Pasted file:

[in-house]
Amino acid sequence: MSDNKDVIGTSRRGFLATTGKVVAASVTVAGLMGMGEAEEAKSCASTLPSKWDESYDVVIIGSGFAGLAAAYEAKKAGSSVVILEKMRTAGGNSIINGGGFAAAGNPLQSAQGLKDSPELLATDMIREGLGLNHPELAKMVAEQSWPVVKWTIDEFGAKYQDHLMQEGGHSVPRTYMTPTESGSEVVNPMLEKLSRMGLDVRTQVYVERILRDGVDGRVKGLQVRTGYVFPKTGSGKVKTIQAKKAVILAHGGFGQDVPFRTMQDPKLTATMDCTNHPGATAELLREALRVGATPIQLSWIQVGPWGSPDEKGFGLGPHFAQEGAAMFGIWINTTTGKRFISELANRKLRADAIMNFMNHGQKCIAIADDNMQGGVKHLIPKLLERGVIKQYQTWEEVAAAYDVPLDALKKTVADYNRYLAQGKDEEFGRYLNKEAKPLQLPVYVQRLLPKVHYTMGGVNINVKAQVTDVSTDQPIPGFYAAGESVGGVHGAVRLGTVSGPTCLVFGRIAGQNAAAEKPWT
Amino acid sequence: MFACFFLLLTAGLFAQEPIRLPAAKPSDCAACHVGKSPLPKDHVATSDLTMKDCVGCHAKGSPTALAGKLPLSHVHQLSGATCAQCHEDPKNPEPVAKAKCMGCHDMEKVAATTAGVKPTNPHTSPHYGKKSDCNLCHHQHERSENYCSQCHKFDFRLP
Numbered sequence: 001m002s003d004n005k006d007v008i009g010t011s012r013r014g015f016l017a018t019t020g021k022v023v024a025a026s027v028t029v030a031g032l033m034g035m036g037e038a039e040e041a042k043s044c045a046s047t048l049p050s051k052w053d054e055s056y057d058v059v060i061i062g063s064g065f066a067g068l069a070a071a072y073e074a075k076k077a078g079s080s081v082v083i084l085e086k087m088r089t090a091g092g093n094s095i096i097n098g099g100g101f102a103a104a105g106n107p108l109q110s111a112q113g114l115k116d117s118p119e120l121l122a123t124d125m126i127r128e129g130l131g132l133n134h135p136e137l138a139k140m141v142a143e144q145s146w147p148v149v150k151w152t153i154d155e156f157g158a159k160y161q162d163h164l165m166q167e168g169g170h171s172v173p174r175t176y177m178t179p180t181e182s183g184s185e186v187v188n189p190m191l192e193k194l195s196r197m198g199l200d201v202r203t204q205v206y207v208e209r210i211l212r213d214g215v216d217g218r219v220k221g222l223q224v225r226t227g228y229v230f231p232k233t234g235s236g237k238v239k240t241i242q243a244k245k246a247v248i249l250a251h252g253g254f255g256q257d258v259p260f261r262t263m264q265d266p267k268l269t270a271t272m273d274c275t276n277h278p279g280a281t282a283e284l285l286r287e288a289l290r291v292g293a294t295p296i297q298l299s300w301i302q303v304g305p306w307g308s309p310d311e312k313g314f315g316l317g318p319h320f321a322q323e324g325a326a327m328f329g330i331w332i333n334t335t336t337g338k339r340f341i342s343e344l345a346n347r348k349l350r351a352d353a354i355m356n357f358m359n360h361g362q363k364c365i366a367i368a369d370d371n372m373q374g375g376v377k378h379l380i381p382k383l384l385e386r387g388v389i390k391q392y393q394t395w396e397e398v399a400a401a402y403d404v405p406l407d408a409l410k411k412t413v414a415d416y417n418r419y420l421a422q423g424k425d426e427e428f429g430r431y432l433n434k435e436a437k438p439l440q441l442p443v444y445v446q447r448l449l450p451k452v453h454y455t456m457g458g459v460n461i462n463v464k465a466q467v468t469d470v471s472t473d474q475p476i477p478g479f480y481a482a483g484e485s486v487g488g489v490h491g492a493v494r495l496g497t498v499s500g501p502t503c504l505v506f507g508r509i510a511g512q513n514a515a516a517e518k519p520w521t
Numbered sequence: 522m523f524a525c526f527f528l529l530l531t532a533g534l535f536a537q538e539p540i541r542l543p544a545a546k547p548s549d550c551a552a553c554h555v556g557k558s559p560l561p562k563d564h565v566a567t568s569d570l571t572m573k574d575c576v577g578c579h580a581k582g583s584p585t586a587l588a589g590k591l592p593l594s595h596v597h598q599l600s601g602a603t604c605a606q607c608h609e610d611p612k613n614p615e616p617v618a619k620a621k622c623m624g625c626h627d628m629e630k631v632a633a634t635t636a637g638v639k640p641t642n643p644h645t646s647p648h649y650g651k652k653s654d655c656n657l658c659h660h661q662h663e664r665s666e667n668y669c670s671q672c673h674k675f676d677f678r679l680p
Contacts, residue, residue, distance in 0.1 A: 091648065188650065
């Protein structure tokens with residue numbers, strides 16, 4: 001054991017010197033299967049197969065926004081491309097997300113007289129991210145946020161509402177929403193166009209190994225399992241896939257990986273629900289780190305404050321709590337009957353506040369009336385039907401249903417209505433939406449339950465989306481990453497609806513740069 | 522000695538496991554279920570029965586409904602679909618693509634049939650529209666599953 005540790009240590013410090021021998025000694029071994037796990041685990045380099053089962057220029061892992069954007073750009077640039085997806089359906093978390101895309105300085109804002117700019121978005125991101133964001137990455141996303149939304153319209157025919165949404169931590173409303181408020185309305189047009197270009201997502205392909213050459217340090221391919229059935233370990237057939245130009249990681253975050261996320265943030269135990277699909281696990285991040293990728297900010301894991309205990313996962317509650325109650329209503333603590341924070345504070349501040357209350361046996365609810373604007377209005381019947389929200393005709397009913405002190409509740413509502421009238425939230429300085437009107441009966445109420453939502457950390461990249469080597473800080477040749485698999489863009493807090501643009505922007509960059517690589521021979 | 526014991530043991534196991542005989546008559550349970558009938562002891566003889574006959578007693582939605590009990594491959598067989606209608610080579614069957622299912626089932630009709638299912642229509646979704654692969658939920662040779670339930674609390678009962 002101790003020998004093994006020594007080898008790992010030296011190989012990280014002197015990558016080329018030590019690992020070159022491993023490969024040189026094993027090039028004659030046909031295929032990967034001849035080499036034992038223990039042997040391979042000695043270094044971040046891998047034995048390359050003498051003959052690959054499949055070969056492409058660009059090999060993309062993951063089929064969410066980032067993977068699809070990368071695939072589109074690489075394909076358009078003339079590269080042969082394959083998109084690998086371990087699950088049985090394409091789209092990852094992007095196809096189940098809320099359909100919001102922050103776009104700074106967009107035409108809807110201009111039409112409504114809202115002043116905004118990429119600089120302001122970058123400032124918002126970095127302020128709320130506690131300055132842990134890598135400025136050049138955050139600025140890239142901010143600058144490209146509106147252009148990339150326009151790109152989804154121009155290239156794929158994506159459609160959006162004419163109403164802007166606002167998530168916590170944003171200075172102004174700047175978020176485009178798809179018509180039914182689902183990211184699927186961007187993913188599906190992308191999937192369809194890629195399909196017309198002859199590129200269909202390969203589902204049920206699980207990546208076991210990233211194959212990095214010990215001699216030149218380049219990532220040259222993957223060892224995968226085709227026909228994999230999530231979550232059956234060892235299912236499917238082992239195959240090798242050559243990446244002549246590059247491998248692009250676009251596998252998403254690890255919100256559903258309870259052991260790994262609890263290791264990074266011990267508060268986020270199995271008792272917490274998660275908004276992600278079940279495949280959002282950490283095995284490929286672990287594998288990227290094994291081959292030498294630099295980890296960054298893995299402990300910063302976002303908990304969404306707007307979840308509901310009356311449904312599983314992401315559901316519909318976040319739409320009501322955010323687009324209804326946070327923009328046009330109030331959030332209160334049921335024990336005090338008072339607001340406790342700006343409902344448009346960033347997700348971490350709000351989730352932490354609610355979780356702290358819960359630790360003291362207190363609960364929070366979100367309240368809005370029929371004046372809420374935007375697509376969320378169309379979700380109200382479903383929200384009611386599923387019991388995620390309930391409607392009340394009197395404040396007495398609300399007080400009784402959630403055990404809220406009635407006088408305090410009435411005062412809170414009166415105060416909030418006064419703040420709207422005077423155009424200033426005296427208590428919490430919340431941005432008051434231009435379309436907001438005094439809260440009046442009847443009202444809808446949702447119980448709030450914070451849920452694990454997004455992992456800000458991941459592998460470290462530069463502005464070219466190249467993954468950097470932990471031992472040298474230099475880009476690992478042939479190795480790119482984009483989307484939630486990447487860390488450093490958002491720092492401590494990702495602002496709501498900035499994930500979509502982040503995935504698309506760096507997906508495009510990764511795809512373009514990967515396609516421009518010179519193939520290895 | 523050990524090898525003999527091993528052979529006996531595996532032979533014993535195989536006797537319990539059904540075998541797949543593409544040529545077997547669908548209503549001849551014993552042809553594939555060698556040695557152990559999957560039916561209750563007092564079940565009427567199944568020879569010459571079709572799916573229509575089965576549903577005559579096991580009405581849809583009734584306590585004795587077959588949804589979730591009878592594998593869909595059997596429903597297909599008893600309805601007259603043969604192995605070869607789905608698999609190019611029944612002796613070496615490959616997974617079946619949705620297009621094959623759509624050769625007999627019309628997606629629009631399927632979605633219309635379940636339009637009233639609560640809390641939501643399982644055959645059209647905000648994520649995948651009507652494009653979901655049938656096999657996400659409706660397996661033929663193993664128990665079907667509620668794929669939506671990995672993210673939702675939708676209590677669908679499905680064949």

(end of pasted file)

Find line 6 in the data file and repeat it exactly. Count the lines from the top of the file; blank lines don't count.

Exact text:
Contacts, residue, residue, distance in 0.1 A: 091648065188650065